As the weather heats up and families migrate outdoors, winter toys are traded in for sunscreen and sand pails. The summer months promise warm days and one of the most anticipated nights: the Fourth of July.
While fireworks are beautiful to watch, they are dangerous to play with. If not handled properly, fireworks can cause severe injuries to eyes and skin. Even just watching a friend light fireworks can put you at risk.
According to the U.S. Consumer Product Safety Commission, more than 9,000 fireworks-related injuries happen each year. Of these, nearly half are head-related injuries. Nearly 30 percent of these are injuries to the eyes, one-quarter of which result in permanent vision loss or blindness. Children under the age of 15 account for half of all fireworks eye injuries in the United States.
Children under the age of 15 were more likely to be injured by fireworks. In fact, the National Fire Protection Association (NFPA) noted that children ages 5 to 14 had a two-and-a-half times greater risk of fireworks injury than the general population. While the best way to prevent these types of injuries is to leave the show to the experts, it is incredibly important to make sure that children do not handle fireworks.
Even fireworks sold at a grocery store, such as sparklers or other small novelties, are just as dangerous.
Sparklers, which can burn at more than 2,000 degrees Fahrenheit, account for roughly one-quarter of emergency room fireworks injuries. Firecrackers and bottle rockets that explode near a person may cause injury to the hands or face.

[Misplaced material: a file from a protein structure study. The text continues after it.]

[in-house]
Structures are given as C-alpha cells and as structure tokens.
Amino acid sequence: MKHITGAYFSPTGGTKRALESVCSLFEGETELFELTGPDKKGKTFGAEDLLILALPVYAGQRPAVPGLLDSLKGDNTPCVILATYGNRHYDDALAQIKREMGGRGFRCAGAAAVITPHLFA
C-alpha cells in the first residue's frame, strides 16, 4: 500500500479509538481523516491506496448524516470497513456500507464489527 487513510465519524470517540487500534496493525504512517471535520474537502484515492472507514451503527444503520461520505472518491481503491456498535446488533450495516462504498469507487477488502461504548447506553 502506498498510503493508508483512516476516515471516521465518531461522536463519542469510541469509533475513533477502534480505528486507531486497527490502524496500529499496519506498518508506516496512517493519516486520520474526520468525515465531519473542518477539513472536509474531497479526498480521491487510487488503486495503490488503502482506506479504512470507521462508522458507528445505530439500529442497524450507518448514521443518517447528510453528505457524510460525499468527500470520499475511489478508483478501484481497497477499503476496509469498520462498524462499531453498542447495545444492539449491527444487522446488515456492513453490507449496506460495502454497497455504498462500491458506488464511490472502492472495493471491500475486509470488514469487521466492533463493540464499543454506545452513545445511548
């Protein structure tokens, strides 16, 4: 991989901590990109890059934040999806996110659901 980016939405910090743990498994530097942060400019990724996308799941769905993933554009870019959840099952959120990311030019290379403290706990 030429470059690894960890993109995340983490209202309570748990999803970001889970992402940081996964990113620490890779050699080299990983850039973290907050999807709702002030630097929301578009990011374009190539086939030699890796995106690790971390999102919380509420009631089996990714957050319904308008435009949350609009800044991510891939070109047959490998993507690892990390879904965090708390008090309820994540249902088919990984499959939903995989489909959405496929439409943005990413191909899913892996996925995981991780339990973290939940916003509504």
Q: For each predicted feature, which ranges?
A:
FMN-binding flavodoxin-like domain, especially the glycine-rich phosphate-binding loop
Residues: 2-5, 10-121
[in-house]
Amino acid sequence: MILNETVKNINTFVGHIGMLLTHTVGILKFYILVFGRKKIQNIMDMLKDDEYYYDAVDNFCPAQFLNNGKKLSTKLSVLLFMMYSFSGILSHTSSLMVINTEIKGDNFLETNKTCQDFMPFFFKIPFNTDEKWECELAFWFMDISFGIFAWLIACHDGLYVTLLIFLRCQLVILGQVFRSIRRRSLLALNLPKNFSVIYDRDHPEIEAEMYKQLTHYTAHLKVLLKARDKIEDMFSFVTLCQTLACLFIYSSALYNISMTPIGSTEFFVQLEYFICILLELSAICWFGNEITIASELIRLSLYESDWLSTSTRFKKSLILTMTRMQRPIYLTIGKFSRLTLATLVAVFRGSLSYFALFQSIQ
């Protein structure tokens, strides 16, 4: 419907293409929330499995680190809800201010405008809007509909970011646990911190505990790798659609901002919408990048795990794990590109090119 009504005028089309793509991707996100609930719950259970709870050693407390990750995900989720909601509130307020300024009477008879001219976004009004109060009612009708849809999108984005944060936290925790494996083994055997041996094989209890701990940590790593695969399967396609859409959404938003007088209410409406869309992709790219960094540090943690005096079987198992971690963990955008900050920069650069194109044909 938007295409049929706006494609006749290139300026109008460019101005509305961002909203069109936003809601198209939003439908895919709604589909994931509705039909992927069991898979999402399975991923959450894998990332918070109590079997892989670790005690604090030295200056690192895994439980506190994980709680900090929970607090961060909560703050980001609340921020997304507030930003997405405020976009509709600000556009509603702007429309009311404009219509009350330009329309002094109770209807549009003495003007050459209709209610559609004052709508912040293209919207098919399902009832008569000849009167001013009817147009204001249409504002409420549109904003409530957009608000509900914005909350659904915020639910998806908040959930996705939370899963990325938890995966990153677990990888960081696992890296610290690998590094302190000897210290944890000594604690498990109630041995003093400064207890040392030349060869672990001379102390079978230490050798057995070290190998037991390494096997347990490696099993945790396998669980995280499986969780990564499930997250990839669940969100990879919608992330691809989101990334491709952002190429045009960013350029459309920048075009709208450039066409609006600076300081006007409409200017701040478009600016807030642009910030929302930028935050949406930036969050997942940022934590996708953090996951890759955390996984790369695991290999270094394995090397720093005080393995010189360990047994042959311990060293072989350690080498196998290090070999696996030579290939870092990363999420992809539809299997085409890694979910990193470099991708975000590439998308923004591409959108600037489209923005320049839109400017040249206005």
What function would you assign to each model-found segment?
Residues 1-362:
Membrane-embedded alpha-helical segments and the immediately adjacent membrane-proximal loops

Children, who are naturally curious and want to see how things work, may unintentionally put themselves in harm’s way when playing near fireworks. They can get too close to a lit firecracker or try to examine a dud that hasn’t ignited properly. Always make sure that children have close adult supervision near fireworks.
If you or a friend chooses to handle fireworks, The National Council on Firework Safety offers these tips:
- Use fireworks outdoors only.
- Obey local laws. If fireworks are not legal where you live, do not use them.
- Always have water handy. (A hose or bucket).
- Only use fireworks as intended. Don’t try to alter them or combine them.
- Never relight a “dud” firework. Wait 20 minutes and then soak it in a bucket of water.
- Use common sense. Spectators should keep a safe distance from the shooter and the shooter should wear safety glasses.
- Alcohol and fireworks do not mix. Have a “designated shooter.”
- Only persons over the age of 12 should be allowed to handle sparklers of any type.
- Do not ever use homemade fireworks of illegal explosives: They can kill you! Report illegal explosives to the fire or police department in your community.
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